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Losing the right to vote?

Global views


While not always the case, for many of us that chose to embrace the world unfettered by the borders of our birth… we give up a few things along the way… like the right to vote.

Many Manitoba provincial and Canadian federal elections ago I lost the right to exercise my democratic ‘right.’ And while I may have lived a decade + in India, that alone would never bestow any rights to participate in elections here.

Yet if I COULD vote who WOULD I vote for??

  • A right that can tolerate atrocities against an entire religious community?
  • A now notoriously corrupt party with a slightly more centre left legacy?

Til date, it is hard not to hold a highly cynical very disengaged perspective of Indian politics. And then along came the “Aam Admi Party” who did the unthinkable… take the wide-spread frustration with corruption and communal politics to create a 3rd option. Adopting the symbol of the humble broom… AAP aims to sweep away corruption with a different set of ideals.

“… The common people are fed up with the politics of the BJP and the Congress which is slave to religion, caste and region… This is a fight of principles and against corruption,” said Mr. Kejriwal.

AAP Broom (Photo: Aam Party BlogSpot)

AAP Broom (Photo: Aam Party BlogSpot)

They may not succeed or deliver on their promises and while they haven’t won the recent election in Delhi, the AAP has gone from nothing nine months ago to 28 of 70 seats.

“It is a historic win, but not of the Aam Admi Party (AAP), but the common man of the country. And the fight to make the country corruption-free and provide a clean and good governance will go across the country in the 2014 Lok Sabha elections,” said party’s convenor Arvind Kejriwal.

So today, I’m just a tiny bit less cynical… maybe there is hope for what is supposedly the world’s largest democracy. I’ll watch from the sidelines and see what comes next…

Any thoughts on walking away from participating in a democratic process? Elections in other parts of the world? Or the recent ones in India?



  1. I don’t vote either, although I could, in European elections. In fact, they have just written to me about that. I voted in the UK in local elections, I had the right to do so. Just national elections I was not allowed to participate in. Not sure what the situation is in Spain, but I should have the right to vote in local elections…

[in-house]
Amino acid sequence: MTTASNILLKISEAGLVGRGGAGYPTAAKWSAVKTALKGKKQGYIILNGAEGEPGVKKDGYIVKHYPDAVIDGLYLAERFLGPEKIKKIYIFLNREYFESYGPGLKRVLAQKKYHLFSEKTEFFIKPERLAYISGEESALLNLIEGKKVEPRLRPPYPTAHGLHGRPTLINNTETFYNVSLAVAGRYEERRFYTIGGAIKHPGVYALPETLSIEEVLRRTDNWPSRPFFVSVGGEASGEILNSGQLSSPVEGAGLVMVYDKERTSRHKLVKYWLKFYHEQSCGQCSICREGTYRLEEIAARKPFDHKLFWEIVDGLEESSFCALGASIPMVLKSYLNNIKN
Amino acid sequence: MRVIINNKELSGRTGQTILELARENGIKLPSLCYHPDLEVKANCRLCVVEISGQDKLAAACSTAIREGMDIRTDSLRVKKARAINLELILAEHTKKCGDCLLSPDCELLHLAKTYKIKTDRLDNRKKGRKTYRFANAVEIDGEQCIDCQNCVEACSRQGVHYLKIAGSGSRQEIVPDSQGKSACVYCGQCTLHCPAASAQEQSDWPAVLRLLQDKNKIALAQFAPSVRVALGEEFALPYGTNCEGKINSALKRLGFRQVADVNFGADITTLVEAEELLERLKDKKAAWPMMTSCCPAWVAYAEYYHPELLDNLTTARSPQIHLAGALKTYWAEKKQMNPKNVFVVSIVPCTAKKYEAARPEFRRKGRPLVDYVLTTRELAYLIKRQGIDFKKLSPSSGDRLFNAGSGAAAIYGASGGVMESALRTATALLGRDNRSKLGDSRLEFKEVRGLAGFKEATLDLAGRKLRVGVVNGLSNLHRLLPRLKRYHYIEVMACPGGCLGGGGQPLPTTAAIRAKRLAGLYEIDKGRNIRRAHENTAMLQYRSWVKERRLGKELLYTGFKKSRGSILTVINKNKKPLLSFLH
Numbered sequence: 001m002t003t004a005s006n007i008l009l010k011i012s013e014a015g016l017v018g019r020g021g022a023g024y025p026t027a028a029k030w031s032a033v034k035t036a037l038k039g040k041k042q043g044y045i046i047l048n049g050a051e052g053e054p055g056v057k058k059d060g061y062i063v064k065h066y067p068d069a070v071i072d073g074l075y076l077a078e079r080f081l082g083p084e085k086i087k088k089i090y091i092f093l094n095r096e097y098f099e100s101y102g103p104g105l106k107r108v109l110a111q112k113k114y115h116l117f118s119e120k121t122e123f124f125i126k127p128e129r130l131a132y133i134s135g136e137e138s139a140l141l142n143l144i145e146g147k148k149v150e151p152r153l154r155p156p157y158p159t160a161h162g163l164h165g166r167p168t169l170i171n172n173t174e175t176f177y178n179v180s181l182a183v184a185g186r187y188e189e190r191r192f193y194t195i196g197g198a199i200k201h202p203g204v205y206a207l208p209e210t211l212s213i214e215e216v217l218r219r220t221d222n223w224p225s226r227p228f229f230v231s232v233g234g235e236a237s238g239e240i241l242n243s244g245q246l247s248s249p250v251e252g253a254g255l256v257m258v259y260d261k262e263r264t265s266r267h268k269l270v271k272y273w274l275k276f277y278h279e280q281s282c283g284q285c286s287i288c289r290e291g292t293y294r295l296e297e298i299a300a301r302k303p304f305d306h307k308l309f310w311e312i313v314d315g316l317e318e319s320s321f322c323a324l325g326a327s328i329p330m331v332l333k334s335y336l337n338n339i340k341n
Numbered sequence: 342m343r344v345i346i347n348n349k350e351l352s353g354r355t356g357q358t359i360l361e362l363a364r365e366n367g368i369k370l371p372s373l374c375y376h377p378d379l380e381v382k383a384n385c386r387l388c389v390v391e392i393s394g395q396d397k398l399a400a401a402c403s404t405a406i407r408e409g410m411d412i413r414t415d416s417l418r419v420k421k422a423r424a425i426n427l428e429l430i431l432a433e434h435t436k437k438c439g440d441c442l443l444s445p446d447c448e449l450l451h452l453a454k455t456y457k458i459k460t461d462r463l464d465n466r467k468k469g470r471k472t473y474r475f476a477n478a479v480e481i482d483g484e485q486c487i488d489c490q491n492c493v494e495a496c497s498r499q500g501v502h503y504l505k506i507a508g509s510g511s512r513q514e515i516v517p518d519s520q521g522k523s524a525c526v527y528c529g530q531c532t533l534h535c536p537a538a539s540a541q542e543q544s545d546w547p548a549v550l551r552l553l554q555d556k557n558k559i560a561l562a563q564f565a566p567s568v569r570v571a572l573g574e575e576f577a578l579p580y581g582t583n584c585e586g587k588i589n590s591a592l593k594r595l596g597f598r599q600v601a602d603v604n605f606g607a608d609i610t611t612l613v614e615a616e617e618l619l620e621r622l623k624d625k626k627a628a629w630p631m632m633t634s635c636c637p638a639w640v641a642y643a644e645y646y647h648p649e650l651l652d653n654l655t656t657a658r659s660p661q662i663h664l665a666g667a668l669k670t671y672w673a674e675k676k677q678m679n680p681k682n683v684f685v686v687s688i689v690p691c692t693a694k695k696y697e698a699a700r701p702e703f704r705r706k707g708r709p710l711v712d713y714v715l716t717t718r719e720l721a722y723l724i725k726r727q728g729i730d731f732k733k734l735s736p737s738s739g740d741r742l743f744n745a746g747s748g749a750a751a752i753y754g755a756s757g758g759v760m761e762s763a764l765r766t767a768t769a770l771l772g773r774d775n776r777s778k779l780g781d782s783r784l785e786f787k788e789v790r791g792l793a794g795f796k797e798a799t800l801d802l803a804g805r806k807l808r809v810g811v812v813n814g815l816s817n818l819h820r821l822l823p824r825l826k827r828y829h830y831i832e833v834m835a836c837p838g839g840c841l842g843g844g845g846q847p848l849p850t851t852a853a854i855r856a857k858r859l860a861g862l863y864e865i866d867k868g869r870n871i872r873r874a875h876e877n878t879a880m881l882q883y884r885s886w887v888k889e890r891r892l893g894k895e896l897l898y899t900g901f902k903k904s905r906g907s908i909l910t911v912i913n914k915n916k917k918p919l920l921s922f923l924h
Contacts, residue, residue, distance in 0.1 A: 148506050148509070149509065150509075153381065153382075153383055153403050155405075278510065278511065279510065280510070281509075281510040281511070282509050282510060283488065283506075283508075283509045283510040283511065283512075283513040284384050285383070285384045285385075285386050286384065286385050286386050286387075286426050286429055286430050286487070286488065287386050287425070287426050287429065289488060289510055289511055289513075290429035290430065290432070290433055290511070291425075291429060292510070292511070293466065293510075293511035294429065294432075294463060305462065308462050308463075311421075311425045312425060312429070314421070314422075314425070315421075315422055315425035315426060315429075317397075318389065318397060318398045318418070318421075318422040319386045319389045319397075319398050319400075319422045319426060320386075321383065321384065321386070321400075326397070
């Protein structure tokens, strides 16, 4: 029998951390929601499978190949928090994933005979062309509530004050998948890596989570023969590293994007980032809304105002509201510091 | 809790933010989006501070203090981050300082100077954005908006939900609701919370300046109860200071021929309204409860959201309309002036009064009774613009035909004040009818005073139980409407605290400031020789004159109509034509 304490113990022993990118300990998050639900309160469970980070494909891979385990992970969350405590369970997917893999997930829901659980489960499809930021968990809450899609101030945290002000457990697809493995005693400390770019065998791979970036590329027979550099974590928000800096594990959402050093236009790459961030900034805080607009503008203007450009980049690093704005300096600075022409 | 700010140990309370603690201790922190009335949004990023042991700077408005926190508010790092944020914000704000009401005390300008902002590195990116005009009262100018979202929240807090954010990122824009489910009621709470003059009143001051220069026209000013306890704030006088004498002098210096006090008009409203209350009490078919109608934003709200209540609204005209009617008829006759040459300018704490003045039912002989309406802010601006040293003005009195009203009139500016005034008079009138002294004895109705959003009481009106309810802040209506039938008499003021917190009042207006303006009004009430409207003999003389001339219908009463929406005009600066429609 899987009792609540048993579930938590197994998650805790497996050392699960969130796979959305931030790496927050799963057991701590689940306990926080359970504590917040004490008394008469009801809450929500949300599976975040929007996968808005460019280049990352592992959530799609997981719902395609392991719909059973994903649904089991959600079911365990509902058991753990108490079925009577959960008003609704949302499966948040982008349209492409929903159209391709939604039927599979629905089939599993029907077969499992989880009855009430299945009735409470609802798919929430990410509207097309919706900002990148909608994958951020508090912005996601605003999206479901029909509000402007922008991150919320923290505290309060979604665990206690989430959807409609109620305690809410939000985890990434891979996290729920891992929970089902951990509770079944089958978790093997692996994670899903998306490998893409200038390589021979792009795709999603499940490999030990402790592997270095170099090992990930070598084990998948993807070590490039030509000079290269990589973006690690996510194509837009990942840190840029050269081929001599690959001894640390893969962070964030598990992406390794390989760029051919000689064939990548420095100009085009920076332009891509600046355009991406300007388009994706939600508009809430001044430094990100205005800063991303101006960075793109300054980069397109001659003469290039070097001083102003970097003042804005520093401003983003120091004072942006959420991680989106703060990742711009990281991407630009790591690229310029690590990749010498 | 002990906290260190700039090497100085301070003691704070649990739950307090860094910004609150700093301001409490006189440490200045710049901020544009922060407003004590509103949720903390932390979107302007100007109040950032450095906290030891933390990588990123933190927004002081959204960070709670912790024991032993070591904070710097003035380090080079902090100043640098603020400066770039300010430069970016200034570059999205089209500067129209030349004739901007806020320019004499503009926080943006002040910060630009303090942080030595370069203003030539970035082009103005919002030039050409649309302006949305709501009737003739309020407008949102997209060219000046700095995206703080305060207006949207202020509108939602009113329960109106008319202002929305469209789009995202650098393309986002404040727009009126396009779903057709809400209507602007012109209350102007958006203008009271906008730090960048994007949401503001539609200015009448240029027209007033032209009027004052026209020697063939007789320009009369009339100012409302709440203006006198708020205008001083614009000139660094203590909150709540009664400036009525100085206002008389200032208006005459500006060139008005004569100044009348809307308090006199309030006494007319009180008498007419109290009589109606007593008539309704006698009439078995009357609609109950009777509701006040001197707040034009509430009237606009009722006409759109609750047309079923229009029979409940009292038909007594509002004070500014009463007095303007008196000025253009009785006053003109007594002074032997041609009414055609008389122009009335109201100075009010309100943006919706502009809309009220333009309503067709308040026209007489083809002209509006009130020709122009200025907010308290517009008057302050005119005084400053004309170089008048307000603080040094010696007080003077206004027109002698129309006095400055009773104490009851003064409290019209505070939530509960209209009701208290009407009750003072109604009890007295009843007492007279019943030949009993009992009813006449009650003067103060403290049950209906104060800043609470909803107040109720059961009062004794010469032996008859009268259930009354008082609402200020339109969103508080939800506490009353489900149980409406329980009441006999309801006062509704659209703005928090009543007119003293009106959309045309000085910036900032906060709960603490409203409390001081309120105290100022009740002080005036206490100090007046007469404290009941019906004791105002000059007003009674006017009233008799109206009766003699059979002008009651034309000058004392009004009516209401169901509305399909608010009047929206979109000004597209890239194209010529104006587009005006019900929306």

I don’t claim to know much (or anything) about Indian politics, but isn’t India infamous for having a really good set of laws that aren’t enforced…?

    • Well… at least you have a choice to participate if you want… that’s something. I’ve been denied for a decade.

      Earlier when I was a student in India did all the paperwork to cast my vote remotely… bit complicated but managed. However long ago lost residency… tried to register and got a rather emphatic online message that I no longer qualified. Sigh…

      As for India being (in)famous for good laws not enforced… yeah that’s a pretty good way of describing things. Which is what makes this whole AAP movement so powerful… Let’s see what happens!

  2. brothervern says:

    I am a 67 year old man located in southern Indiana, USA. I have never failed to vote in any election since I was old enough to vote. I have become so disenchanted with the political process in this nation that I am seriously considering just not voting anymore. I wish there was an honest alternative available.

  3. Don’t you guys have outstation centres where you can vote? Anyway, travelling is definitely better than voting. At least you won’t feel cheated.

  4. findingvarun says:

    Ms. Carissa, I thank you for liking my blog. I truly admire your unrest for not being able to vote while many youngsters in India throw away this privilege. Many friends of mine haven’t even applied for a voter i.d. Let us hope AAP actually deliver on their promise. Please continue to support my blog. Cheers

  5. findingvarun says:

    Yes you are right. but we cannot spread our branches far & wide if our roots are not firmly established in the soil. becoming global is not wrong but doing so at the cost of our national identity is tragic

    • I don’t see losing the opportunity to vote as making me any less Canadian…. it is and always will be the country of my birth, the place that provided a firm foundation and enough exposure to be lucky enough to embrace life beyond its borders.

      And not every country has the same approach to requiring citizens to retain residency to qualify to vote. I’ll admit I’m not entirely in touch with Canadian politics today – be it federal, provincial or municipal. And certainly if miraculously I was given the opportunity to vote in Canada again – would take time to re-acquaint myself with the prevailing issues and people. But would I participate? Absolutely without a doubt!

  6. […] country India that I live in… however, as a  ’firangi’ (foreigner), I cannot vote and therefore, have no […]

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